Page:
- Humor: it shows the human side and can defuse a bad situation if done right, but can make a situation explode if the student does not “get” or understand your attempt at humor. In a touchy situation – better to leave this tool in the box, unless youreally, really know the student and the situation.
- Spacing: putting myself in a position either closer to the students, betweenstudents or moving away if I am the cause of the tension – I am not in an “in-your-face” behavior modification program so moving away is sometimes the best option, if I am perceived to be part of the issue at hand. Also changing student seating arrangement quickly to defuse situations.
- Ignoring: not giving the student attention for minor stuff when they are “performing” for others or acting negatively to get attention. This is the most difficult one for me, because my training is to address the behavior and consequate the negative or positive behavior immediately and provide feedback to the student. Interestingly enough it has worked very well for one of my students the past couple of days.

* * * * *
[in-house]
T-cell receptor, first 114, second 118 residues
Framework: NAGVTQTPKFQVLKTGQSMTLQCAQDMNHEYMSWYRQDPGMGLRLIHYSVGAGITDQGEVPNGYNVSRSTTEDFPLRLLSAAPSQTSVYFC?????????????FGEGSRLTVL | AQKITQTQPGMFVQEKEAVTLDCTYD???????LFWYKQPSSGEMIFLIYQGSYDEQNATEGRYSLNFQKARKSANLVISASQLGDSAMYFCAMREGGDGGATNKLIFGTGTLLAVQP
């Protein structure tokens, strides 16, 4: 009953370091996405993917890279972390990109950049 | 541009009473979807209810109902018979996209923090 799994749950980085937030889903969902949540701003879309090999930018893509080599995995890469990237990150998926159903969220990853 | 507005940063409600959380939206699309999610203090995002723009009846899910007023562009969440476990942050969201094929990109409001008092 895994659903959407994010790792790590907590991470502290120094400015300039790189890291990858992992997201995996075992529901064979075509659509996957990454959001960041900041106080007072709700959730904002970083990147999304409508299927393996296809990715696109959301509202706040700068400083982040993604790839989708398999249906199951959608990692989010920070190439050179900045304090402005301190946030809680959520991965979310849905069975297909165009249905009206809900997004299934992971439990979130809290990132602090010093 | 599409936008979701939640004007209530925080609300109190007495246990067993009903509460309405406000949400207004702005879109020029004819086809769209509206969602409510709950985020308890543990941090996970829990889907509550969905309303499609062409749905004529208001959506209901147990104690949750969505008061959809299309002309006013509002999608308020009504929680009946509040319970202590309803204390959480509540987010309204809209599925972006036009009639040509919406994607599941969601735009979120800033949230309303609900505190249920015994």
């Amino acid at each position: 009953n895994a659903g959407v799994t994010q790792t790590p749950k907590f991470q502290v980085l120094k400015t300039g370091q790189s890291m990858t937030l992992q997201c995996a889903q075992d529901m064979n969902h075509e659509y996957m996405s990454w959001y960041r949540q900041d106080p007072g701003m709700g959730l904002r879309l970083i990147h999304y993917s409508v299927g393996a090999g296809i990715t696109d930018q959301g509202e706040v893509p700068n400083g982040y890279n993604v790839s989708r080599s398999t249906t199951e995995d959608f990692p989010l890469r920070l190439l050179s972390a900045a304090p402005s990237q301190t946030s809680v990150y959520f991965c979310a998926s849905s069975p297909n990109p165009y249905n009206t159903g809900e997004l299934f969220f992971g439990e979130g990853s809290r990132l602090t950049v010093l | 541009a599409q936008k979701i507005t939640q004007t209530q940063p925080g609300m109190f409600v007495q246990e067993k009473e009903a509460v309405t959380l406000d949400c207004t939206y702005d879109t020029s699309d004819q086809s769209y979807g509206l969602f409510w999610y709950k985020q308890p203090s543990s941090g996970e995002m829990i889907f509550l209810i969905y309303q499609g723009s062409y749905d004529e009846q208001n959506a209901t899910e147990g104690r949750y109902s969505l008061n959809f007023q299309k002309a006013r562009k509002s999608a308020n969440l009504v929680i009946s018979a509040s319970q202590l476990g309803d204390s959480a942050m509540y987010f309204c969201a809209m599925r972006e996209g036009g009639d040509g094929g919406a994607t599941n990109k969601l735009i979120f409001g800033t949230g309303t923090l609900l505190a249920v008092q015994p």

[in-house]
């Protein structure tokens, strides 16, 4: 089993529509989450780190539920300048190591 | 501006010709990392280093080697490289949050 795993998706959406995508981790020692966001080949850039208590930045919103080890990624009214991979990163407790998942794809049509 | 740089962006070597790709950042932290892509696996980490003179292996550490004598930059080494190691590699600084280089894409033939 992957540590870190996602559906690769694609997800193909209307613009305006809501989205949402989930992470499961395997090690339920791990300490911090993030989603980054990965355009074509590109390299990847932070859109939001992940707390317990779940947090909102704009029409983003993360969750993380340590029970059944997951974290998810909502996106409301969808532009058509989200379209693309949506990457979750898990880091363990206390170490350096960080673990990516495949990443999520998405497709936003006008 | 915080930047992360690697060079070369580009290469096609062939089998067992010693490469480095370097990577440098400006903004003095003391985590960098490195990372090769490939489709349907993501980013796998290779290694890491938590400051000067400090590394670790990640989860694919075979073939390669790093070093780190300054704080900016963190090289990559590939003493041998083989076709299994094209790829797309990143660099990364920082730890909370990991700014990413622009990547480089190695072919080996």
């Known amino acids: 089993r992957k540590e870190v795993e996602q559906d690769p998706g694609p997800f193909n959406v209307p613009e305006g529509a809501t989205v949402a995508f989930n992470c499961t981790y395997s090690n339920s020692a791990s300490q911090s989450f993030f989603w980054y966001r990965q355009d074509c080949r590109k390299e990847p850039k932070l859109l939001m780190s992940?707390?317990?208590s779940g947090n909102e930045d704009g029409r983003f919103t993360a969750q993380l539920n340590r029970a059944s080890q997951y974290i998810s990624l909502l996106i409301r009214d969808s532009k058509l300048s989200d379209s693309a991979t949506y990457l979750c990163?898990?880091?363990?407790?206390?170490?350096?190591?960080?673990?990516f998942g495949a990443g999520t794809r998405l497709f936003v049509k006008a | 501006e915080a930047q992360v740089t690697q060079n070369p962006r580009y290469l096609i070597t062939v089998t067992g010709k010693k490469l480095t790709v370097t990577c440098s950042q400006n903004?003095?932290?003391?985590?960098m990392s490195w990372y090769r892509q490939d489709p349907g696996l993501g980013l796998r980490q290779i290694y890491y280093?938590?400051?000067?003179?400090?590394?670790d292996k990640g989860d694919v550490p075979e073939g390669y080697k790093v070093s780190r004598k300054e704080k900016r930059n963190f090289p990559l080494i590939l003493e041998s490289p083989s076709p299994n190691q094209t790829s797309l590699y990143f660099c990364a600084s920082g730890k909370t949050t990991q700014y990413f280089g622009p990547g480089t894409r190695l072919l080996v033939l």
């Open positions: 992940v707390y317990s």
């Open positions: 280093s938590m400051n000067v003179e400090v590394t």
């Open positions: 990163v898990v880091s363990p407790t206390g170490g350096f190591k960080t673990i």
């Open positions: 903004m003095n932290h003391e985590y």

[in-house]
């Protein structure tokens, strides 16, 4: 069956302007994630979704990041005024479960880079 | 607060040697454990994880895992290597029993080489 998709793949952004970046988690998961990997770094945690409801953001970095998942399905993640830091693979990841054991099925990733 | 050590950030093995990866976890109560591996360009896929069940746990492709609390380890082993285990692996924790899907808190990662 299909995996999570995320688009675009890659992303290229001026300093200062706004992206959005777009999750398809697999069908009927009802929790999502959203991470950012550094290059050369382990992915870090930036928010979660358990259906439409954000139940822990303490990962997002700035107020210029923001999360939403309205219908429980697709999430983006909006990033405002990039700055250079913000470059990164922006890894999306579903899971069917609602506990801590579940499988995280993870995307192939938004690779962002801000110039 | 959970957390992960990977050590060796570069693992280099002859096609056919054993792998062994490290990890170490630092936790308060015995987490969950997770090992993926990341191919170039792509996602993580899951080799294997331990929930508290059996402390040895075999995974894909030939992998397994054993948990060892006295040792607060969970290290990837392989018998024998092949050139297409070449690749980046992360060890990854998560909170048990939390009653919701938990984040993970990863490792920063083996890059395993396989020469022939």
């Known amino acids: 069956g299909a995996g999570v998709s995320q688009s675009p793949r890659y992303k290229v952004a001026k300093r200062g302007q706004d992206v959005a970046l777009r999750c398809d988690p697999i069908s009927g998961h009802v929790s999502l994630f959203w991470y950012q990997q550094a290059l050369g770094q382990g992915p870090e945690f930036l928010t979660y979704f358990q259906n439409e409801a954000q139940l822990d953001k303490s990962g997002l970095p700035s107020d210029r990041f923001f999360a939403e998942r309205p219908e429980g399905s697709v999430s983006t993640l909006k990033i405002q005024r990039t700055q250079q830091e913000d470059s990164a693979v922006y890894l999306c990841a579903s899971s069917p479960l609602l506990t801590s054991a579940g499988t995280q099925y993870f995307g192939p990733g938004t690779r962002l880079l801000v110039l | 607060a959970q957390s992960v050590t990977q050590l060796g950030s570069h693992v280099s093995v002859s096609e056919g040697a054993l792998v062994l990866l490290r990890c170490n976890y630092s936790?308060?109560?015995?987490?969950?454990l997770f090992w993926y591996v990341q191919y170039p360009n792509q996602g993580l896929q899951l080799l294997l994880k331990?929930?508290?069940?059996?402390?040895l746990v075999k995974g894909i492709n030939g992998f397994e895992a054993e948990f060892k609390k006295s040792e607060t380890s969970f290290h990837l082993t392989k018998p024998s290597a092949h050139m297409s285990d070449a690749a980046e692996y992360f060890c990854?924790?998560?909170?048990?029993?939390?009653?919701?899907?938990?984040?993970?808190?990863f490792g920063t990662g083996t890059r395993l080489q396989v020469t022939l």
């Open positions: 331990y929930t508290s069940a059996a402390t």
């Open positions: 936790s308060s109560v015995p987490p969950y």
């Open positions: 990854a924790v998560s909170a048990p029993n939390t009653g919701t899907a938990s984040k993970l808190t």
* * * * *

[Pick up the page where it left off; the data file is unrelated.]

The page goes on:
- Ask the student to leave the room: I have worked out the arrangement with our behavior resource room teacher to accept a student for a short time to work through their issue and then come back to the class when they are ready. I had to use this for the first time today, seemed to work fairly well…this time, just one that I don’t want to have to rely on very much.